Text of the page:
Figure 3—figure supplement 2
Value of q across the ‘Phase diagram’.

This figure shows the same data as one with each data point colored by the corresponding value of q, which is constant along the straight of different angle.

https://doi.org/10.7554/eLife.44205.006
Figure 4 with 2 supplements
Oscillations in antigenically evolving populations.

(A) An example of the stochastic limit cycle trajectory from the fitness-class simulation. Note the rapid rise and fall of infection prevalence (blue), which causes a drop in nose fitness (yellow) which subsequently recovers (approximately linearly) during the remainder of the cycle. Fluctuations in Itot(t) and xn(t) from cycle to cycle are caused by the stochasticity of xn, that is antigenic evolution in pioneer strains. A particularly large fluctuation about τsw prior to the end, caused a large spike in prevalence, followed by the collapse of xn below zero and complete extinction. Inset (red) shows the cross-correlation between xn and σ2 which peaks with the delay τ=τsw (additional peaks reflect the oscillatory nature of the state and are displaced by integer multiples of mean period). (B) A family of limit cycles in the infection prevalence/mean fitness plane as described by Equation (11) with fixed variance. The variation of σ governed by the Equations 11 and 12 (in the deterministic limit) reduces the family to a single limit cycle (red); (C) Trajectories in the infection prevalence/nose fitness generated by the stochastic DD system in the regime above (right panel) and below (left panel) the oscillatory instability of the deterministic DD system.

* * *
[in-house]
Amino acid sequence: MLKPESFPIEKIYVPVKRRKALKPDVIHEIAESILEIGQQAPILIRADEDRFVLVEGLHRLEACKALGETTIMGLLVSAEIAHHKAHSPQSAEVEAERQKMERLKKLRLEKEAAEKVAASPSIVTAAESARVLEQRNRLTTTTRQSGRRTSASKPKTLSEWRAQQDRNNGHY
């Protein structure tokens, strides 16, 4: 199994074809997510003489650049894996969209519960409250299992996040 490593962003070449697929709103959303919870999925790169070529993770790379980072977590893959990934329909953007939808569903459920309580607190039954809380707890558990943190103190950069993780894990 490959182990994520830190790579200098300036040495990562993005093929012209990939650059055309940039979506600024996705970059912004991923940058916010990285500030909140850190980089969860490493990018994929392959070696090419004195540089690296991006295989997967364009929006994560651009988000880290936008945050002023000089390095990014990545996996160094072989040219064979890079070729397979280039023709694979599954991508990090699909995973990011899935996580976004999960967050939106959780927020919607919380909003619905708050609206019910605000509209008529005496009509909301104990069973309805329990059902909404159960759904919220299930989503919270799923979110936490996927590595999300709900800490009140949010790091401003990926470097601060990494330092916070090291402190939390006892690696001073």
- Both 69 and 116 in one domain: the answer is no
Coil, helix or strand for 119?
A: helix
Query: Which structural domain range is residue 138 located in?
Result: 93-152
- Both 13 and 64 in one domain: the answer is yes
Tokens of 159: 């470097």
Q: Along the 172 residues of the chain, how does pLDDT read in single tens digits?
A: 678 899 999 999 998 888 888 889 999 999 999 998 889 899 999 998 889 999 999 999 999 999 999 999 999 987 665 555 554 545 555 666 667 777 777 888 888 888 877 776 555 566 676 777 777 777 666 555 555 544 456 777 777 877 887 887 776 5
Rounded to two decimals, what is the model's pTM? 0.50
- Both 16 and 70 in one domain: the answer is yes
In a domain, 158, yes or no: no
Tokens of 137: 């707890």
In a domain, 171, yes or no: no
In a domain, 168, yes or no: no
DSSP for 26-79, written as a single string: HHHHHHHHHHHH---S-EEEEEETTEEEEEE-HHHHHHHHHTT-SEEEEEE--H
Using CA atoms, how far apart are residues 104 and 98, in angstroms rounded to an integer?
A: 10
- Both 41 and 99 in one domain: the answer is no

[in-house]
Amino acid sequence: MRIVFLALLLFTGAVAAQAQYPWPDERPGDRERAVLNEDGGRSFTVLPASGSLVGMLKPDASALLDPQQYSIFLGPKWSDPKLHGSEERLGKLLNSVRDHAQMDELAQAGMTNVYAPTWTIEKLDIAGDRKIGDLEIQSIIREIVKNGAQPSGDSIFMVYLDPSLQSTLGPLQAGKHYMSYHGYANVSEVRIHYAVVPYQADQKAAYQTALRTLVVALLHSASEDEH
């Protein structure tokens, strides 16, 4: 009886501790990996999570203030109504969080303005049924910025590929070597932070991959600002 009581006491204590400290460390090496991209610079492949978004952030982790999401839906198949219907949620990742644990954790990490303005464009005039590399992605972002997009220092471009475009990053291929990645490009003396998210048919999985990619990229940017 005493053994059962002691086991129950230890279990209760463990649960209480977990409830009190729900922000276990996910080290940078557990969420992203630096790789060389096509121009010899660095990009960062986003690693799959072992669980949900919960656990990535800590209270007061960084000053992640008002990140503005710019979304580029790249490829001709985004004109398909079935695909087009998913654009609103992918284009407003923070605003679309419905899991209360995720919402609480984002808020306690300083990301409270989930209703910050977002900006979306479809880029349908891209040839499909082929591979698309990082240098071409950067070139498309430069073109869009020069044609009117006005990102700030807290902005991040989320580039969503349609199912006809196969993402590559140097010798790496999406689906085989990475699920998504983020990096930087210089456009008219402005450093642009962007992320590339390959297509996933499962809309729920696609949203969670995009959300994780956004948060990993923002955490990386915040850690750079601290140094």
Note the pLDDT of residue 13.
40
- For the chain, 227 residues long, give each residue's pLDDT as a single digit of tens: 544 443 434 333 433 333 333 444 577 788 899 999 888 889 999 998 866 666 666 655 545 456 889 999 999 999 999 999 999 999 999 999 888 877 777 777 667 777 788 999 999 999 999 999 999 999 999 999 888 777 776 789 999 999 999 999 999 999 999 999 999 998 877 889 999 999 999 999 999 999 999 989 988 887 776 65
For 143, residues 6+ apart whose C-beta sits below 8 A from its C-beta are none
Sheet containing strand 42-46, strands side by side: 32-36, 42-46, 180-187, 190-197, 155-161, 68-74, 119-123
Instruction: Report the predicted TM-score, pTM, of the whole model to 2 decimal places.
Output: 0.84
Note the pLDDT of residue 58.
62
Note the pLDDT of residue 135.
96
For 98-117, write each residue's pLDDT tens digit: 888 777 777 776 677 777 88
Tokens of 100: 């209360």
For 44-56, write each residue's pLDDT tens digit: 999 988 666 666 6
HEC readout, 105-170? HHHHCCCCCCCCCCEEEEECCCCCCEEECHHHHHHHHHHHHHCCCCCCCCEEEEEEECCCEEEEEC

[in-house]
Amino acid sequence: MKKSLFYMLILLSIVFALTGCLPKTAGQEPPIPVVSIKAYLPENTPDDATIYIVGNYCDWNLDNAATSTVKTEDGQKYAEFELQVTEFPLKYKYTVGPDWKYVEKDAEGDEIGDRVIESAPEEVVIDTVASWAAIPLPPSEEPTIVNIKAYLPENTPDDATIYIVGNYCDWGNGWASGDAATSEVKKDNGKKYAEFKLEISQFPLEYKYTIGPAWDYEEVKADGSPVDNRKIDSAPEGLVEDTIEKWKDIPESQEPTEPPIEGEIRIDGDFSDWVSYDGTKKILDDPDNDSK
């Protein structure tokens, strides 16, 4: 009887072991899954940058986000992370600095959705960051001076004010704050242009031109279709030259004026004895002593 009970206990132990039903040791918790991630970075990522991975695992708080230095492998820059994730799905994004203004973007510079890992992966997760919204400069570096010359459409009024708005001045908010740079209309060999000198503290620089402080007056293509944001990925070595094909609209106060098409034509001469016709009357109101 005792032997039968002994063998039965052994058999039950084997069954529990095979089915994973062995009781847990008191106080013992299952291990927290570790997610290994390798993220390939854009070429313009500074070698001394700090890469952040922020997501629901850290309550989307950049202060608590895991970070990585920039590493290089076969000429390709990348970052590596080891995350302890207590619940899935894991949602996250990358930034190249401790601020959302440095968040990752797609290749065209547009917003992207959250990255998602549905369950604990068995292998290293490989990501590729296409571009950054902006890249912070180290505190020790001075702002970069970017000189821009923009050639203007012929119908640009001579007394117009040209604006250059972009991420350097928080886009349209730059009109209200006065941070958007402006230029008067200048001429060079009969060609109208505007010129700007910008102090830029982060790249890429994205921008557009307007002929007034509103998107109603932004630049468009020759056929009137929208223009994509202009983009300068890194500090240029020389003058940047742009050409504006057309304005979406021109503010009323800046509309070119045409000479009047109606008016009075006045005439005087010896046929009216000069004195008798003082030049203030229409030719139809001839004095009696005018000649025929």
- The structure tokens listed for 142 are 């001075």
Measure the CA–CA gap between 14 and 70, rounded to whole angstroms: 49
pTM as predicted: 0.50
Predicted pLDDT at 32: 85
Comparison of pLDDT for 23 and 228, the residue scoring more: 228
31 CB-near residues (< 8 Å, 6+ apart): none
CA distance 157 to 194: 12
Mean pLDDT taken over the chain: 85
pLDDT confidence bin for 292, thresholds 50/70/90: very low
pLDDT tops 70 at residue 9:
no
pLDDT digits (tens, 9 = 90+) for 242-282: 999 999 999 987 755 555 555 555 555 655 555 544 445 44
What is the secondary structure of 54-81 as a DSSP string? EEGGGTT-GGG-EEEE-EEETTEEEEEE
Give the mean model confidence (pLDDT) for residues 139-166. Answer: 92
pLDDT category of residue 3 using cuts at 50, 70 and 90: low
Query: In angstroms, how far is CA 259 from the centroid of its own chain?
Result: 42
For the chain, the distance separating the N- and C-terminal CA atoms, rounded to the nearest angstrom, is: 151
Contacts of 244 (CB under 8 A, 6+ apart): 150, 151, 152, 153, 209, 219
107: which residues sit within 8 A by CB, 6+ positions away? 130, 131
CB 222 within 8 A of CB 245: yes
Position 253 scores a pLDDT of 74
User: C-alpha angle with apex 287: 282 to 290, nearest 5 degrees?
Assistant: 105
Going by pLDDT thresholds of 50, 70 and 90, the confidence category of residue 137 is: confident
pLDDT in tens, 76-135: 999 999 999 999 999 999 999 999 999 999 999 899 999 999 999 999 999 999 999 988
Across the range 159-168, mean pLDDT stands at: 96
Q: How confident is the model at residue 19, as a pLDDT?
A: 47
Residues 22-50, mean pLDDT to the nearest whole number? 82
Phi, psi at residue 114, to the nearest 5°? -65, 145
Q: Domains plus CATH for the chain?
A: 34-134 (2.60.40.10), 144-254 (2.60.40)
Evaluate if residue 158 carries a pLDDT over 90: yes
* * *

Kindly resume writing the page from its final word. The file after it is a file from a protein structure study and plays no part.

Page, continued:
https://doi.org/10.7554/eLife.44205.007
Figure 4—figure supplement 1
Amplitude and time scale of oscillations.